Northerly gale force winds began blowing along the coast of Mexico shortly after 0600 UTC 29 March. An 1152 UTC QuikSCAT pass detected 30 to 35 KT winds south of 26 N west of 95 W. At 0000 UTC 30 March, the front extended from the Florida panhandle across the central Gulf of Mexico to the eastern Bay of Campeche. At 1200 UTC 30 March, the front reached from just north of Tampa to the northeast Yucatan Peninsula. A strong 1035-hPa high pressure center moved south into northeastern Mexico. The tight pressure gradient continued to produce gale force winds over most of the southern Gulf. Over the south-central gulf, two ships, the Nedlloyd Holland (call sign KRHX) and C6FM7 (name unknown), encountered 35KT winds at 1200 UTC 30 March. By 0000 UTC 31 March, the front extended across the extreme western Atlantic and western Cuba to near the Gulf of Honduras. Winds decreased below gale force over the Gulf of Mexico waters as northwesterly winds over the Yucatan Channel and the northwestern Caribbean Sea increased to 30 to 40KT.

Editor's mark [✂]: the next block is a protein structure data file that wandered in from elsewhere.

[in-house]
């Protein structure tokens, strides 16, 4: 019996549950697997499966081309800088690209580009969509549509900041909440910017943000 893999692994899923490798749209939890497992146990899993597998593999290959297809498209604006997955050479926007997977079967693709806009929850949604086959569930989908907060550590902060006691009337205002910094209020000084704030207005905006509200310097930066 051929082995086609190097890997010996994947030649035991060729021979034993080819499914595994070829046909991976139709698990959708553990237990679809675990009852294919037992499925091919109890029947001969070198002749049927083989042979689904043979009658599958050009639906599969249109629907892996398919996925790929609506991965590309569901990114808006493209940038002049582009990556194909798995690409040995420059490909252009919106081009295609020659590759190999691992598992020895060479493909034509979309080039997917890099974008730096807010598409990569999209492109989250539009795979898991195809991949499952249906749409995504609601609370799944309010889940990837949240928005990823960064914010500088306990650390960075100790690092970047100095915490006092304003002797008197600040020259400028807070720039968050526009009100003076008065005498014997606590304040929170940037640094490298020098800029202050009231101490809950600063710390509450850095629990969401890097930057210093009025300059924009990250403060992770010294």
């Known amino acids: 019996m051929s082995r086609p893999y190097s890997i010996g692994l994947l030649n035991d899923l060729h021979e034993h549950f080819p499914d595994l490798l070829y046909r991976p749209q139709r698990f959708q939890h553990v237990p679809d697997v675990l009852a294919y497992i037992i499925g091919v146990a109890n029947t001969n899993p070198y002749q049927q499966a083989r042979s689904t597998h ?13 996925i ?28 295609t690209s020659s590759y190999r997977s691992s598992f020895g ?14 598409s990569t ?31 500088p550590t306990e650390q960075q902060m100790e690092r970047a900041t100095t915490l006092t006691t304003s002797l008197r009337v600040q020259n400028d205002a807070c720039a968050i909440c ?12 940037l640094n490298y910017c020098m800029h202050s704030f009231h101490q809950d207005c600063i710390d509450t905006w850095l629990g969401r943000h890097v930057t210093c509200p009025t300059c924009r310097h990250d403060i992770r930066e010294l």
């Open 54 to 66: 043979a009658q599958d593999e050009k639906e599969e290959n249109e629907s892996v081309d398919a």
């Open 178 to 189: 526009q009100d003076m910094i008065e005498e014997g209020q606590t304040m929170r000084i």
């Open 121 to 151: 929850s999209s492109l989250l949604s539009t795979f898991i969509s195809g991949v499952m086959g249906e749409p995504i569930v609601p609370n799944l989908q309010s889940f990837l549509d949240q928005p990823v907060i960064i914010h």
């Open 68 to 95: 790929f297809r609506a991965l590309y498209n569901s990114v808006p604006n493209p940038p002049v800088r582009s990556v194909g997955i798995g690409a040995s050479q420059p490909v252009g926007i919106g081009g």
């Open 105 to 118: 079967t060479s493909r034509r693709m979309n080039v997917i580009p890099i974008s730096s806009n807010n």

A timely QuikSCAT pass from near 0000 UTC 31 March detected the presence of gale force winds. It is unusual for gales to occur in the northwestern Caribbean. However, during this event the strong high moved very far south into northern Mexico. At 0600 UTC and 1200 UTC, the ship Edyth L observed 40 kt winds off the coast of Belize. By 1800 UTC 31 March, the front extended across the Caribbean from eastern Cuba across Jamaica to Costa Rica. By this time, winds decreased below gale force over the Caribbean. However, strong north to northeast winds continued to blow across much of the western Caribbean through 2 April.

Southwest Gulf of Mexico Cold Front 8-9 April: Another strong cold front moved off the Texas coast just before 1200 UTC 8 April. High pressure began building southward behind the front and winds increased to gale force along the coast of Mexico late on the 8th. During this event, the high pressure center was much weaker than during the event in late March.